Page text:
So what's it like to own one of these goofy-yet-grumpy, droopy-yet-cuddly, furry-yet-frumpy friends? From the first moment you gaze into the sweet, soulful eyes of a basset pup, that will eventually grow into a perpetually serious hound, your life will never be the same again.
Bassets are a "members only" dog breed for a reason — basset owners just can't get enough of their lovably serious mugs. There are reasons basset hounds are kind of a big deal.
On the surface, this Eeyore-inspired breed may look like it can do no wrong, but basset lover Lindsay Griffiths swears her two hounds Barney and Oliver are a handful. Griffiths says they have "such different and strong personalities" that are all their own.
Image: Don DeBold/Flickr
Forget playing dead — a basset's favorite trick is to pretend it can't hear you, says Nancy Wadsworth of Delicious Yogini. You can just call it "strong-willed" the next time your hound acts like it doesn't know you at the dog park.
For such a serious-looking breed always on the hunt, bassets have a goofy rep behind closed doors. Nancy Fullbright says 10-year-old Sadie is still like a playful puppy on most days. "She's goofy and oblivious and would probably walk right in front of a car if I didn’t have her leashed!"
Anna Crowe Bates says that her basset Norman's cutest trick is enough to melt your heart — a move she affectionately calls the tuck. "Tucking [his] nose is an everyday cuteness factor."
The word on the street is that bassets are lazy, but that's just what they want you to believe. That moment when your basset trudges through the house and acts like everything is a chore, you know you've been had. Griffiths quips, "Asking a basset hound to do anything is met begrudgingly — unless it involves food."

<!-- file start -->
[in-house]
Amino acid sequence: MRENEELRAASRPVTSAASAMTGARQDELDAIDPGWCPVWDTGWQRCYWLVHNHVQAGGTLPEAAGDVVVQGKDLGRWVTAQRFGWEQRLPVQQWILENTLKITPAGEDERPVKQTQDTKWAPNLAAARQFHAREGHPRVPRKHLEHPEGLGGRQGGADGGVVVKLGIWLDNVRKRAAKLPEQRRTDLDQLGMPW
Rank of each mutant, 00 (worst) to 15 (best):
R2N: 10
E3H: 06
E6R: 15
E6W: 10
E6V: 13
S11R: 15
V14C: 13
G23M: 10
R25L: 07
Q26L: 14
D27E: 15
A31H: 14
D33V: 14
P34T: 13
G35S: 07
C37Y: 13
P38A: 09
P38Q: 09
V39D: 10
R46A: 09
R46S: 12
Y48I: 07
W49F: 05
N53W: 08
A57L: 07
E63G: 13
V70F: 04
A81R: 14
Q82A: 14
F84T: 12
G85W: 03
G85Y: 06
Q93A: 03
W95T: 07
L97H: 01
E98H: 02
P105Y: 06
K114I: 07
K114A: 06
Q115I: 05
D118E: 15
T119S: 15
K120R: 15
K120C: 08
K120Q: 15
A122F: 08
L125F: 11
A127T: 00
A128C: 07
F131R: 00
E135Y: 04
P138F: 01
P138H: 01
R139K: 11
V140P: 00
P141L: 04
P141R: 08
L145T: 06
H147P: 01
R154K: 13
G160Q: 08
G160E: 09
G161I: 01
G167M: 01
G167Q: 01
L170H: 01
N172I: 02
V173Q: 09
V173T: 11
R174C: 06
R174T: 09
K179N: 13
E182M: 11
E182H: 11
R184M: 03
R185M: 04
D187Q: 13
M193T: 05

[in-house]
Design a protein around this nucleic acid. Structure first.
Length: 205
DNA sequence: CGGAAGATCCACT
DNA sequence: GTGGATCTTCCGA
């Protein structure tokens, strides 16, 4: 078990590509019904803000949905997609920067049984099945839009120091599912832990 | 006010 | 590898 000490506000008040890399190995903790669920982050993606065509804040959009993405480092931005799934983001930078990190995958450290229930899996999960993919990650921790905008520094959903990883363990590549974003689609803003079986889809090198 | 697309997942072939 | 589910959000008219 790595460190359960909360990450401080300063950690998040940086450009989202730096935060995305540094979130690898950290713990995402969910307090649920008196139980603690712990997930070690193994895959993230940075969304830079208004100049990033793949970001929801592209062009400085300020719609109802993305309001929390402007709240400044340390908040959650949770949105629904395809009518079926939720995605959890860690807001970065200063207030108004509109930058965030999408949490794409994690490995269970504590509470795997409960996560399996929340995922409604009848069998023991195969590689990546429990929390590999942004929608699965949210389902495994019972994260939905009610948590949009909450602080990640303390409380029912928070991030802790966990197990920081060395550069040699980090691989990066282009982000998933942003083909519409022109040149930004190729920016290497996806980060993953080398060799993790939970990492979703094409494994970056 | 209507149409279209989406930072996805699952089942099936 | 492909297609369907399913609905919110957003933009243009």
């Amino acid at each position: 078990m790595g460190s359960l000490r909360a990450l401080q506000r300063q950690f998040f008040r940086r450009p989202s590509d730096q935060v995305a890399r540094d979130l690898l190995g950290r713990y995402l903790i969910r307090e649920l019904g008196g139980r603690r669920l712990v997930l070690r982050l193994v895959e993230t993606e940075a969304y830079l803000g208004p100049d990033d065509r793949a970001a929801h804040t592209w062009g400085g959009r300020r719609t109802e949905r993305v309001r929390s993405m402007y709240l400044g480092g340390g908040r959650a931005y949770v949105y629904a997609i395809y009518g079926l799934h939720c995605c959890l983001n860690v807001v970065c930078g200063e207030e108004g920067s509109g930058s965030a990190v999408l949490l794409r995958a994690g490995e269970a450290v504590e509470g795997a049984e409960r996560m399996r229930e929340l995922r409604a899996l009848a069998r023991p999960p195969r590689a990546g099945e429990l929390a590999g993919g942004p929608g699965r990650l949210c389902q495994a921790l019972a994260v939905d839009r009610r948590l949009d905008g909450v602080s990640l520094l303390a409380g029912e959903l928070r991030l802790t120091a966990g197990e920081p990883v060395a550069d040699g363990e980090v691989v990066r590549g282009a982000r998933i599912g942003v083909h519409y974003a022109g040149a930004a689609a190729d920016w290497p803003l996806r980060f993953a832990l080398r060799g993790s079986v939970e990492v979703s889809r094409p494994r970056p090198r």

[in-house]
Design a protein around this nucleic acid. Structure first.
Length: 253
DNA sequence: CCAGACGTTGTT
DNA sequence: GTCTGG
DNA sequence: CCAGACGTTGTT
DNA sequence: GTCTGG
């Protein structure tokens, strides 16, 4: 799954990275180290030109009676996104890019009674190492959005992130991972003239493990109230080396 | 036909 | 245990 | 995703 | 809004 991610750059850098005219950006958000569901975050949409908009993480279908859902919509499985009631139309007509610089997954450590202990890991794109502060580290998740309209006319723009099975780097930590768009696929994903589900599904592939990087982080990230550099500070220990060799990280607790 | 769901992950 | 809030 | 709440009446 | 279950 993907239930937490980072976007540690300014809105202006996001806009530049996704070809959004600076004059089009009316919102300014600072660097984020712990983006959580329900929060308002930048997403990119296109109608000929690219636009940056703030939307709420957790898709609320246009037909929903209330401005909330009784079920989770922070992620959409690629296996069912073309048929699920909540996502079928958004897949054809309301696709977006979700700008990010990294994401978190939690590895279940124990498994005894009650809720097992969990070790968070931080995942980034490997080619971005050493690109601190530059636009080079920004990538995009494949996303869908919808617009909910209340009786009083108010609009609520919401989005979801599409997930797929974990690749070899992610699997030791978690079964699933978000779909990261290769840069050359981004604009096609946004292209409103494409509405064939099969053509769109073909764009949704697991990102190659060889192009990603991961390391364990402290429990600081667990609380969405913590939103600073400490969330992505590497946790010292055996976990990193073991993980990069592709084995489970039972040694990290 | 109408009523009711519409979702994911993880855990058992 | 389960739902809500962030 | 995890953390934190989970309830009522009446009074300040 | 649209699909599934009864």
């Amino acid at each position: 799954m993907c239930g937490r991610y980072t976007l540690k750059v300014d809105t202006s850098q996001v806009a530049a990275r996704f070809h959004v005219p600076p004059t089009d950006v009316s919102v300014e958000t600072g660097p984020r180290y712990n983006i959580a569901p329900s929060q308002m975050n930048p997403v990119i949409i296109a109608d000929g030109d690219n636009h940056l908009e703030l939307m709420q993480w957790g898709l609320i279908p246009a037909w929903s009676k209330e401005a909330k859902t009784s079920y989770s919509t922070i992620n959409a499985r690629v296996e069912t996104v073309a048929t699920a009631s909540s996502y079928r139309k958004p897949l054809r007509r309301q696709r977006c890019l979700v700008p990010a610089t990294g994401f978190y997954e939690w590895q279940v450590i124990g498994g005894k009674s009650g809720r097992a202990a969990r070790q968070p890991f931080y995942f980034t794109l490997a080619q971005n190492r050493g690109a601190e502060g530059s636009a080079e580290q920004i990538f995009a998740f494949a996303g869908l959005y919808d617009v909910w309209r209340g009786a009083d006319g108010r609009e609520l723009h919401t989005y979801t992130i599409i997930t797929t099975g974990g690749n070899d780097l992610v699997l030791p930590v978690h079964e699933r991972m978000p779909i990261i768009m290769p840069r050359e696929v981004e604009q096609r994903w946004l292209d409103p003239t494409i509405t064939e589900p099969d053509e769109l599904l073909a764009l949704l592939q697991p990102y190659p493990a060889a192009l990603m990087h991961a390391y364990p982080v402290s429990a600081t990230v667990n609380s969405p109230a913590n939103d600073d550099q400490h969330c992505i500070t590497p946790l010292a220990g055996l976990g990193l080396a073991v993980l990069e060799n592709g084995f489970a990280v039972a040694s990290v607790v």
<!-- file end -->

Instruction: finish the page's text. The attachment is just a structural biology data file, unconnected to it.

Spend an afternoon with a basset, bring a raincoat. Drool is an inevitable part of basset life. Griffiths says, "The drool... oh, the drool. I have a periodic wipe down of the walls and regular moments of, 'How did that get up there?'"
Bassets are nothing if not resourceful. Griffiths says Barney loves to use his big, floppy ears as a sleep mask when she leaves the light on for too long.
More cute points for Norman the Basset: Bates says he likes to hop like a bunny when he gets excited.
Any hound dog owner can tell you, "The nose knows." Fullbright says, "I could never, ever let my basset hound Sadie loose without a leash because her nose would carry her away."
Bassets may look little because they're close to the ground, but they're really full-sized dogs on short legs. Word to the wise: Watch out the next time you leave muffins cooling on the countertop — they're not going to last long.
Hounds are known for their howls, and no one knows this better than proud basset mama Ruth Carter, owner of Carter Law Firm. Her quirky dog Rosie howls every time she hears the phone ring. Every. Single. Time.
Image: Yasmin Elizabeth/Flickr
Perfect at looking pathetic in the hopes of scoring a treat, that daily, down-in-the-dumps basset expression is actually its happy face. Look closer and you'll see its "smize." Tyra would be so proud.
Don't let that hot-dog-shaped body fool you. Griffiths says her big bassets don't know their own size — they have no problem climbing up and snuggling on her lap.
If you never thought you'd see the day when a dog would ring the doorbell to get your attention, just try keeping Frank the Basset away from his beloved backyard.
Bassets may be smaller than some of the big dogs on the block, but they are mighty — and dense. Carter says, "My Rosie squishes dog beds within weeks unless I get her a memory foam bed."
At the end of a long day, there's nothing like curling up with a big basset on the couch. According to Fullbright, every basset she's encountered has been docile and sweet. Need one more reason to appreciate man's best hound? Fullbright says, "They are just good-natured dogs."
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